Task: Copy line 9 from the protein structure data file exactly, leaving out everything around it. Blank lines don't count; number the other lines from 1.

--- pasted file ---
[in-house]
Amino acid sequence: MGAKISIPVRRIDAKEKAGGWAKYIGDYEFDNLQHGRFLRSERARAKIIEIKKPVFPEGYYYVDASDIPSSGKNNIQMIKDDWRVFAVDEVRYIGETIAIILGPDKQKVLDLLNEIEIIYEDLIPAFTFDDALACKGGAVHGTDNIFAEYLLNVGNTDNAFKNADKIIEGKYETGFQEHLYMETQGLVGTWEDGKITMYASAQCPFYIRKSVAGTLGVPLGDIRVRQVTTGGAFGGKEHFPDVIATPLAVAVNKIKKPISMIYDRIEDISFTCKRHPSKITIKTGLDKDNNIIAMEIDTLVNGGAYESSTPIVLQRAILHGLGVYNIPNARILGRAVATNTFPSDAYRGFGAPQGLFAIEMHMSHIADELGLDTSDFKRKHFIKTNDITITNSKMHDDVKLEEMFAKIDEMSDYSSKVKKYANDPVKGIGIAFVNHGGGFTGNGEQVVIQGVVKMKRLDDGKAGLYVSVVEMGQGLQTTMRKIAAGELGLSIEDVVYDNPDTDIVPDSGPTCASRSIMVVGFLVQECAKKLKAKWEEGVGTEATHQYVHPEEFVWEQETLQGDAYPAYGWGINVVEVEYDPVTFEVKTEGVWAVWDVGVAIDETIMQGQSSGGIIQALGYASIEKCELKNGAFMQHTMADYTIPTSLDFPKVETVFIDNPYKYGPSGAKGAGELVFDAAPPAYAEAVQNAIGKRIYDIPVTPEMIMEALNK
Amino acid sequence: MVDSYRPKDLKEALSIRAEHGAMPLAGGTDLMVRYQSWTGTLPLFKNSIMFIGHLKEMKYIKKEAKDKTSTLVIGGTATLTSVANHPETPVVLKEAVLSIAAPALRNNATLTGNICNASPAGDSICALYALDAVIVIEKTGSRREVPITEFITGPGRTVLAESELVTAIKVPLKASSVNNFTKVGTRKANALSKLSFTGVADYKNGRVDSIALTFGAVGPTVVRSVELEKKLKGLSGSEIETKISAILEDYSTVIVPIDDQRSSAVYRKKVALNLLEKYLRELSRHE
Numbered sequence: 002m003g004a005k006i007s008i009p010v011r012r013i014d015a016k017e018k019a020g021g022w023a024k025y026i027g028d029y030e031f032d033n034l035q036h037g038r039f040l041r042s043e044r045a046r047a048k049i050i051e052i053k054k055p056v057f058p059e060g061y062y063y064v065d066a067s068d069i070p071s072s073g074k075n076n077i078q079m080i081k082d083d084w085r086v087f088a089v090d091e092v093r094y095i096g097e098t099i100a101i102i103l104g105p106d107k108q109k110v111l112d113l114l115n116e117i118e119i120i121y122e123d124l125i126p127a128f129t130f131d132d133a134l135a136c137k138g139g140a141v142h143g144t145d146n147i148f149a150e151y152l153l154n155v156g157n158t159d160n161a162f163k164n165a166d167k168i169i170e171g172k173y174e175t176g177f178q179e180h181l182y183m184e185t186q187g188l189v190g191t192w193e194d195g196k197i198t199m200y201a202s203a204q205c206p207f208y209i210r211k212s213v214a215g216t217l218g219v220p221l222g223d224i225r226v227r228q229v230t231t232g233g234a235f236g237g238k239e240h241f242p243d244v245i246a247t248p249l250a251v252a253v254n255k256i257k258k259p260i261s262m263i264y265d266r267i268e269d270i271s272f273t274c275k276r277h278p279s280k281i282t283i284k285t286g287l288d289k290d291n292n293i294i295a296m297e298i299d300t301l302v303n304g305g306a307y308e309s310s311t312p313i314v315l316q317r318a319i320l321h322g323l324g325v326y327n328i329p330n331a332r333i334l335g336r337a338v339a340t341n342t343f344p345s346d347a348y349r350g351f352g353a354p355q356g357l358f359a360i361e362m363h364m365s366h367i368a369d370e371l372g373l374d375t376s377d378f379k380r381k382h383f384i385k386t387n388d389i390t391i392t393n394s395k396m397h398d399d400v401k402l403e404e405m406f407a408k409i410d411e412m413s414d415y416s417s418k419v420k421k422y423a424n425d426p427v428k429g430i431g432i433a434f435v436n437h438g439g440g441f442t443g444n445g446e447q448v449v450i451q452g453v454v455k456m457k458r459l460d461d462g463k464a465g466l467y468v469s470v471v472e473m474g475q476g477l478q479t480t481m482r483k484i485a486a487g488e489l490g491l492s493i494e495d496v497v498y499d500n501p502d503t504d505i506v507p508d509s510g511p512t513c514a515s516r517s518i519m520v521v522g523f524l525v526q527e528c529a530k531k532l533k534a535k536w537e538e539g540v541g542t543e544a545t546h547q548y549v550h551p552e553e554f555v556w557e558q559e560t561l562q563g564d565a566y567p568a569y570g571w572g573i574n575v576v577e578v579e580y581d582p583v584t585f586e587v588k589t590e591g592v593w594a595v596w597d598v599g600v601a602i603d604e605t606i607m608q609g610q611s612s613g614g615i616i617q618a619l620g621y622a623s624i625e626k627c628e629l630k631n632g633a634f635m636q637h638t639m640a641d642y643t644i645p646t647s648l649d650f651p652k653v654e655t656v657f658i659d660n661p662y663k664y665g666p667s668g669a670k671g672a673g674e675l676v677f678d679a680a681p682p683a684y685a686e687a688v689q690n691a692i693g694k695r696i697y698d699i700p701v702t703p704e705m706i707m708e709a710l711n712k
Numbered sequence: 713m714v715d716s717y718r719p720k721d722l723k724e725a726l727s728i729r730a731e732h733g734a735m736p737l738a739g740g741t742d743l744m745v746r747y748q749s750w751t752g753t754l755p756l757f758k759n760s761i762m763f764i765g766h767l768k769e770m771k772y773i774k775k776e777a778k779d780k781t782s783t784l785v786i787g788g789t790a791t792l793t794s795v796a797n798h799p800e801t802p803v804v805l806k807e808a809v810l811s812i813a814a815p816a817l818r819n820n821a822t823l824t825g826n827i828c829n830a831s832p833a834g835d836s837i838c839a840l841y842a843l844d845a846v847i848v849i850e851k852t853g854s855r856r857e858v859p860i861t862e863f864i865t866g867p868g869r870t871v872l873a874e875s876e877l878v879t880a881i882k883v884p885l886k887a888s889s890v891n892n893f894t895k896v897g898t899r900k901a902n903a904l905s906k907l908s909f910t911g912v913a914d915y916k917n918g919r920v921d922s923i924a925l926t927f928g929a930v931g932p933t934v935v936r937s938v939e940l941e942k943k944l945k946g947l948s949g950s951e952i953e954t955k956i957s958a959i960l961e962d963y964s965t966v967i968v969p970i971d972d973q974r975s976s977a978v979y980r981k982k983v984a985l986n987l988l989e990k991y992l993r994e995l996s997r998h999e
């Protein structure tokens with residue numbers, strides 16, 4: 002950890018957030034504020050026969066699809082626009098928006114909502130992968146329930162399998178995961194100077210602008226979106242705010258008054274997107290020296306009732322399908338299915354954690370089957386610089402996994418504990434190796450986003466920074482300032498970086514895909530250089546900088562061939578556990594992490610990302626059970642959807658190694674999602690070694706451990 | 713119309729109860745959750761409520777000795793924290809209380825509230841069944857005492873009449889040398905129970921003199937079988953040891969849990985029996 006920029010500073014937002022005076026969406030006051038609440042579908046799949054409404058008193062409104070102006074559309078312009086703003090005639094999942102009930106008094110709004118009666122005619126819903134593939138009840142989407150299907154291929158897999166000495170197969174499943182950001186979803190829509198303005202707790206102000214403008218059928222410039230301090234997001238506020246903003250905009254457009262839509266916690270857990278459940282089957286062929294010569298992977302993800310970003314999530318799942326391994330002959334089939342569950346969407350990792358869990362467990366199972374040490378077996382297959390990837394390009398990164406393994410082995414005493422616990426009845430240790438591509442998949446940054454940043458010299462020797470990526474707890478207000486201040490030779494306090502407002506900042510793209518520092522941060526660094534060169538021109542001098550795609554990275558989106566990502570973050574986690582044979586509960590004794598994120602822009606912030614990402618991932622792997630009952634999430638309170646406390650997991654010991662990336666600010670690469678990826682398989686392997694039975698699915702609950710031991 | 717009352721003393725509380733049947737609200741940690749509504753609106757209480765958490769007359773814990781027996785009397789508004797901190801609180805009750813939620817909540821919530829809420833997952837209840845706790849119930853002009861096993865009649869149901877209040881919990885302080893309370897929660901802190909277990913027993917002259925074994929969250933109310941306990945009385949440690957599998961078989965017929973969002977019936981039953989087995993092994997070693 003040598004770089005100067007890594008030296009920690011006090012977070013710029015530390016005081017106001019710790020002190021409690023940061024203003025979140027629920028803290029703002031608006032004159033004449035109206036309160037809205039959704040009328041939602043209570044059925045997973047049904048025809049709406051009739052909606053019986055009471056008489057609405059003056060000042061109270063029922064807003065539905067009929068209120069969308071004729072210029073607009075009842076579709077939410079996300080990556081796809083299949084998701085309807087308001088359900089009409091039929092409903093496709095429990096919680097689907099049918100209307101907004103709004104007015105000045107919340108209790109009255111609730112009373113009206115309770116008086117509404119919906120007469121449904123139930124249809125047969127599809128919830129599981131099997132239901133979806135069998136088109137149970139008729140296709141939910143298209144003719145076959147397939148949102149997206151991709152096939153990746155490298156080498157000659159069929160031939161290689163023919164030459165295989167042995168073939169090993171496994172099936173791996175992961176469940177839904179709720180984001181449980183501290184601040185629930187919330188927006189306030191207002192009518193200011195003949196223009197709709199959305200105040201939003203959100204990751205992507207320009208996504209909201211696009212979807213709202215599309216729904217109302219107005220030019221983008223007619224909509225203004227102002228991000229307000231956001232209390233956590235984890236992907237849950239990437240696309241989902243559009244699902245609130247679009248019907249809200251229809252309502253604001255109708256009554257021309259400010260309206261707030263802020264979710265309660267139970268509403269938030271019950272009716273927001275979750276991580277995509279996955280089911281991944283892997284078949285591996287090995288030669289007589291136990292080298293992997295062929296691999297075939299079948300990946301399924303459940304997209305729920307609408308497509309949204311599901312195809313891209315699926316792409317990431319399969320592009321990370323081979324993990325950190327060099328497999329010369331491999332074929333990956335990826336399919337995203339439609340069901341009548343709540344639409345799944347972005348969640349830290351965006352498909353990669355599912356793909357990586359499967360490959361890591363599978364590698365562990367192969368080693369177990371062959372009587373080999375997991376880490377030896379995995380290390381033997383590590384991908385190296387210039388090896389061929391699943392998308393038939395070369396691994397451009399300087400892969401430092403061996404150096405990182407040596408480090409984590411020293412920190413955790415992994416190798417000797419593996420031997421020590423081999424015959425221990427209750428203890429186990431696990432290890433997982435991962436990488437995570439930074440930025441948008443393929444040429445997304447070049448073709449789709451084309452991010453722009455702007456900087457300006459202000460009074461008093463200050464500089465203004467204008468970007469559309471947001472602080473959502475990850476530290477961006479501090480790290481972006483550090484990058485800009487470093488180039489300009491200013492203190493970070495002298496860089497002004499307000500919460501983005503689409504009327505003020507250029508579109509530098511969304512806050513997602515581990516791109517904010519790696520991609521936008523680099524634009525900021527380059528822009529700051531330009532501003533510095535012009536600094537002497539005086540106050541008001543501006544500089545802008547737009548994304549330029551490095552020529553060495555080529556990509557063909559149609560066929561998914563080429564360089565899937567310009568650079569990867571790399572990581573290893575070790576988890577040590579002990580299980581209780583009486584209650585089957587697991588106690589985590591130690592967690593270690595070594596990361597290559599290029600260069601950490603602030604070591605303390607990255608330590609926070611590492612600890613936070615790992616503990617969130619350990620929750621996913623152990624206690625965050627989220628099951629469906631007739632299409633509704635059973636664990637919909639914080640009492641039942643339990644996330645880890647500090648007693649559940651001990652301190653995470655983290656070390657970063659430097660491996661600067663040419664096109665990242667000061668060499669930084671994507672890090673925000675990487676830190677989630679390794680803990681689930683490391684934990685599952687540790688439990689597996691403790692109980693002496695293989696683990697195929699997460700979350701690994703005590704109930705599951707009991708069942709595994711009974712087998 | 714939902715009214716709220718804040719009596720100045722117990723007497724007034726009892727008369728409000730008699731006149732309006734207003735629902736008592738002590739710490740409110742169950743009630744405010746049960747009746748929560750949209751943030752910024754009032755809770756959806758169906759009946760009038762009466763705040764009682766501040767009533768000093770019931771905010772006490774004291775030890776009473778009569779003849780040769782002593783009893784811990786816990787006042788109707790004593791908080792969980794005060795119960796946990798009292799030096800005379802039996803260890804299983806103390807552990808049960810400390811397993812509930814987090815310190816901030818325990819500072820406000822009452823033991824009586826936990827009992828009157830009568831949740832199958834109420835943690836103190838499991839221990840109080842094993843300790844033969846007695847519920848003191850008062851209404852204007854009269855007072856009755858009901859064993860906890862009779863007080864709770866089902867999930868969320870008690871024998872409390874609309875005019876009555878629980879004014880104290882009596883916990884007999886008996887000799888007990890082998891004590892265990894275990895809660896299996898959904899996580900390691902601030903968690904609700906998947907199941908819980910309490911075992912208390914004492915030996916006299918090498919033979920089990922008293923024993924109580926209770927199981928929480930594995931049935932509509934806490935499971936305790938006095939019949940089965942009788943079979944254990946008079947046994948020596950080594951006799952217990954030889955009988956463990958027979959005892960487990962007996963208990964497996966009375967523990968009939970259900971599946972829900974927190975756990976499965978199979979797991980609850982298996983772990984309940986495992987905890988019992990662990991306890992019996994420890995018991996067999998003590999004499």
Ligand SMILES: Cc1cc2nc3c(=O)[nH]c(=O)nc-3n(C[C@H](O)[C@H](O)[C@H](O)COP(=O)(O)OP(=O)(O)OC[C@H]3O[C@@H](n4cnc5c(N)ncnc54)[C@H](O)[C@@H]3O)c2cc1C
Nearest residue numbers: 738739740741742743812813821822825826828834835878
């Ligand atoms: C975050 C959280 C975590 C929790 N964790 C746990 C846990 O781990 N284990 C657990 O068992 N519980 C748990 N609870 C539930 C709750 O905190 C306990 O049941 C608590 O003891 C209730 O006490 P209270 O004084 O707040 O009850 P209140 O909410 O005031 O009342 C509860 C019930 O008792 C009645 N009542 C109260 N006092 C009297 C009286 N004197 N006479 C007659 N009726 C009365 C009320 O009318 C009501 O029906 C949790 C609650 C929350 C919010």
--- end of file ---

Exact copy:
């Ligand atoms: C975050 C959280 C975590 C929790 N964790 C746990 C846990 O781990 N284990 C657990 O068992 N519980 C748990 N609870 C539930 C709750 O905190 C306990 O049941 C608590 O003891 C209730 O006490 P209270 O004084 O707040 O009850 P209140 O909410 O005031 O009342 C509860 C019930 O008792 C009645 N009542 C109260 N006092 C009297 C009286 N004197 N006479 C007659 N009726 C009365 C009320 O009318 C009501 O029906 C949790 C609650 C929350 C919010």